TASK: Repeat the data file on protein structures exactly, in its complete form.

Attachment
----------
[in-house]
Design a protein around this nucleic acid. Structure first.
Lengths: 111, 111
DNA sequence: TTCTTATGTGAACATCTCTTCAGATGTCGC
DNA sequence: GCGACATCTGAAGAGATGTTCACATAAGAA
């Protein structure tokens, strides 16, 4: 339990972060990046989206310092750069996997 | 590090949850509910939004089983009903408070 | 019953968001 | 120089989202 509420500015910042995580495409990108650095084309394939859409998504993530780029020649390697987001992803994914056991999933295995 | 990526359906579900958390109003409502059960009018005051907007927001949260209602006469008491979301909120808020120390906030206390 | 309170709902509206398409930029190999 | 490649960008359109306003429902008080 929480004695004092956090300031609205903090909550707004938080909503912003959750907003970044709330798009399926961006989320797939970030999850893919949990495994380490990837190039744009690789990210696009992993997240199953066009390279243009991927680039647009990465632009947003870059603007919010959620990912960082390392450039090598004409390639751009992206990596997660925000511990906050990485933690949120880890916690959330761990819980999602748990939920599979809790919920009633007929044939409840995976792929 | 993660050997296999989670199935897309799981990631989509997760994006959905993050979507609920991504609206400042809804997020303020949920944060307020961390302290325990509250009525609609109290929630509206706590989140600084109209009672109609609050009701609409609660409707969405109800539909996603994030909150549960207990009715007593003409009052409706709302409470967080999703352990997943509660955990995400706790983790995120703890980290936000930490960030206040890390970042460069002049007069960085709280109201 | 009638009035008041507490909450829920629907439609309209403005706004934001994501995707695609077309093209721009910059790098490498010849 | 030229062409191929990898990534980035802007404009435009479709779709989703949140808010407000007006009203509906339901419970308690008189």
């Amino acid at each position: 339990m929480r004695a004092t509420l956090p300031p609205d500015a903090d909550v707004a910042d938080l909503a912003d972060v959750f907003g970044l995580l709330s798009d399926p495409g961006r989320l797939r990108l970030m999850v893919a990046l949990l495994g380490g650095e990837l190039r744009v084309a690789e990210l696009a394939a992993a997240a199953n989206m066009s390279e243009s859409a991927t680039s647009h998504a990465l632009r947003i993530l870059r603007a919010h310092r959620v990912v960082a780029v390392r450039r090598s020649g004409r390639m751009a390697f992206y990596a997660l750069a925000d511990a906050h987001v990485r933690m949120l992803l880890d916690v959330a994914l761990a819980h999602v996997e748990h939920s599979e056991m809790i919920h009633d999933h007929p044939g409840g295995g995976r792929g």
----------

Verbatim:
[in-house]
Design a protein around this nucleic acid. Structure first.
Lengths: 111, 111
DNA sequence: TTCTTATGTGAACATCTCTTCAGATGTCGC
DNA sequence: GCGACATCTGAAGAGATGTTCACATAAGAA
């Protein structure tokens, strides 16, 4: 339990972060990046989206310092750069996997 | 590090949850509910939004089983009903408070 | 019953968001 | 120089989202 509420500015910042995580495409990108650095084309394939859409998504993530780029020649390697987001992803994914056991999933295995 | 990526359906579900958390109003409502059960009018005051907007927001949260209602006469008491979301909120808020120390906030206390 | 309170709902509206398409930029190999 | 490649960008359109306003429902008080 929480004695004092956090300031609205903090909550707004938080909503912003959750907003970044709330798009399926961006989320797939970030999850893919949990495994380490990837190039744009690789990210696009992993997240199953066009390279243009991927680039647009990465632009947003870059603007919010959620990912960082390392450039090598004409390639751009992206990596997660925000511990906050990485933690949120880890916690959330761990819980999602748990939920599979809790919920009633007929044939409840995976792929 | 993660050997296999989670199935897309799981990631989509997760994006959905993050979507609920991504609206400042809804997020303020949920944060307020961390302290325990509250009525609609109290929630509206706590989140600084109209009672109609609050009701609409609660409707969405109800539909996603994030909150549960207990009715007593003409009052409706709302409470967080999703352990997943509660955990995400706790983790995120703890980290936000930490960030206040890390970042460069002049007069960085709280109201 | 009638009035008041507490909450829920629907439609309209403005706004934001994501995707695609077309093209721009910059790098490498010849 | 030229062409191929990898990534980035802007404009435009479709779709989703949140808010407000007006009203509906339901419970308690008189």
């Amino acid at each position: 339990m929480r004695a004092t509420l956090p300031p609205d500015a903090d909550v707004a910042d938080l909503a912003d972060v959750f907003g970044l995580l709330s798009d399926p495409g961006r989320l797939r990108l970030m999850v893919a990046l949990l495994g380490g650095e990837l190039r744009v084309a690789e990210l696009a394939a992993a997240a199953n989206m066009s390279e243009s859409a991927t680039s647009h998504a990465l632009r947003i993530l870059r603007a919010h310092r959620v990912v960082a780029v390392r450039r090598s020649g004409r390639m751009a390697f992206y990596a997660l750069a925000d511990a906050h987001v990485r933690m949120l992803l880890d916690v959330a994914l761990a819980h999602v996997e748990h939920s599979e056991m809790i919920h009633d999933h007929p044939g409840g295995g995976r792929g």